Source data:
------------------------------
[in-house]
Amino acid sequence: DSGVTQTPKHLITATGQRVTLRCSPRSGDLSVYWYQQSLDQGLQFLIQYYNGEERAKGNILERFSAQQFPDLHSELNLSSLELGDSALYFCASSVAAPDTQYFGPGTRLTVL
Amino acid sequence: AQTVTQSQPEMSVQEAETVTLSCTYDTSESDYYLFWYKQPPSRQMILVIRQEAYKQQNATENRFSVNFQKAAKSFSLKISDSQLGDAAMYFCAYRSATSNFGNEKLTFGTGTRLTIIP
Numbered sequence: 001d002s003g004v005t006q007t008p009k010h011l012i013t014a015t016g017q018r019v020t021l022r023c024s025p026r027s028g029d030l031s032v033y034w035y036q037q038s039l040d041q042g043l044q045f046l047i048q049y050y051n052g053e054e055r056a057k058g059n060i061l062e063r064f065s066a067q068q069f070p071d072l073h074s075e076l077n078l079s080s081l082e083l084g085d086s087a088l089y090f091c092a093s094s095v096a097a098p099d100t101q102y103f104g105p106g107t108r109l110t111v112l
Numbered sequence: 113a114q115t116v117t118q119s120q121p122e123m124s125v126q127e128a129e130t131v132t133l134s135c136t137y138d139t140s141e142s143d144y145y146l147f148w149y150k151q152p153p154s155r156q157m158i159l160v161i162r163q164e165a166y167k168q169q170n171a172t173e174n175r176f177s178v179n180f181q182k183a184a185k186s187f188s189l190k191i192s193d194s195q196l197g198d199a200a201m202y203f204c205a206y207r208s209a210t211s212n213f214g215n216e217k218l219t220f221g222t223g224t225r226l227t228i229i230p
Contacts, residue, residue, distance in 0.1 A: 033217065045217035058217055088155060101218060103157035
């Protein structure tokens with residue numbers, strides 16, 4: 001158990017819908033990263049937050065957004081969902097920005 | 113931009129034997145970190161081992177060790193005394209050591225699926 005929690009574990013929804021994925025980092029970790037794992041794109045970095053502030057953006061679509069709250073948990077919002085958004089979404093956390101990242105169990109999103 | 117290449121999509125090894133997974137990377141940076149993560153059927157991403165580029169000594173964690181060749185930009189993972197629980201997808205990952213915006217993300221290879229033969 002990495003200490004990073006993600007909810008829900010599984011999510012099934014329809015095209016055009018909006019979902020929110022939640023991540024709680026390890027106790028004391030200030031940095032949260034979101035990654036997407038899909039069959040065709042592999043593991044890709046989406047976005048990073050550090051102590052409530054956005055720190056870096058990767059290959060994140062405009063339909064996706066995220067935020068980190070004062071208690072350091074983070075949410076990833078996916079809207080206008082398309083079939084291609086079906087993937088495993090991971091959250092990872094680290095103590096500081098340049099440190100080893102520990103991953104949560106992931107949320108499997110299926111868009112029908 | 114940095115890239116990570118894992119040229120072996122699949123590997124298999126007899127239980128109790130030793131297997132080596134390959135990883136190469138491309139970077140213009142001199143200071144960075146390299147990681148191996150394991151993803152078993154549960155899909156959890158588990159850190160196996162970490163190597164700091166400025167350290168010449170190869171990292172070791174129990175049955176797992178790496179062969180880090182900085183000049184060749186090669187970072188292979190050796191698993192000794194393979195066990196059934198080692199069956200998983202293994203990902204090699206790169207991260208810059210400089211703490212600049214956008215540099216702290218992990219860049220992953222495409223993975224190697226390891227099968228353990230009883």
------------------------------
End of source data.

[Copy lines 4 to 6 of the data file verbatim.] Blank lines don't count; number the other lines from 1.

Numbered sequence: 001d002s003g004v005t006q007t008p009k010h011l012i013t014a015t016g017q018r019v020t021l022r023c024s025p026r027s028g029d030l031s032v033y034w035y036q037q038s039l040d041q042g043l044q045f046l047i048q049y050y051n052g053e054e055r056a057k058g059n060i061l062e063r064f065s066a067q068q069f070p071d072l073h074s075e076l077n078l079s080s081l082e083l084g085d086s087a088l089y090f091c092a093s094s095v096a097a098p099d100t101q102y103f104g105p106g107t108r109l110t111v112l
Numbered sequence: 113a114q115t116v117t118q119s120q121p122e123m124s125v126q127e128a129e130t131v132t133l134s135c136t137y138d139t140s141e142s143d144y145y146l147f148w149y150k151q152p153p154s155r156q157m158i159l160v161i162r163q164e165a166y167k168q169q170n171a172t173e174n175r176f177s178v179n180f181q182k183a184a185k186s187f188s189l190k191i192s193d194s195q196l197g198d199a200a201m202y203f204c205a206y207r208s209a210t211s212n213f214g215n216e217k218l219t220f221g222t223g224t225r226l227t228i229i230p
Contacts, residue, residue, distance in 0.1 A: 033217065045217035058217055088155060101218060103157035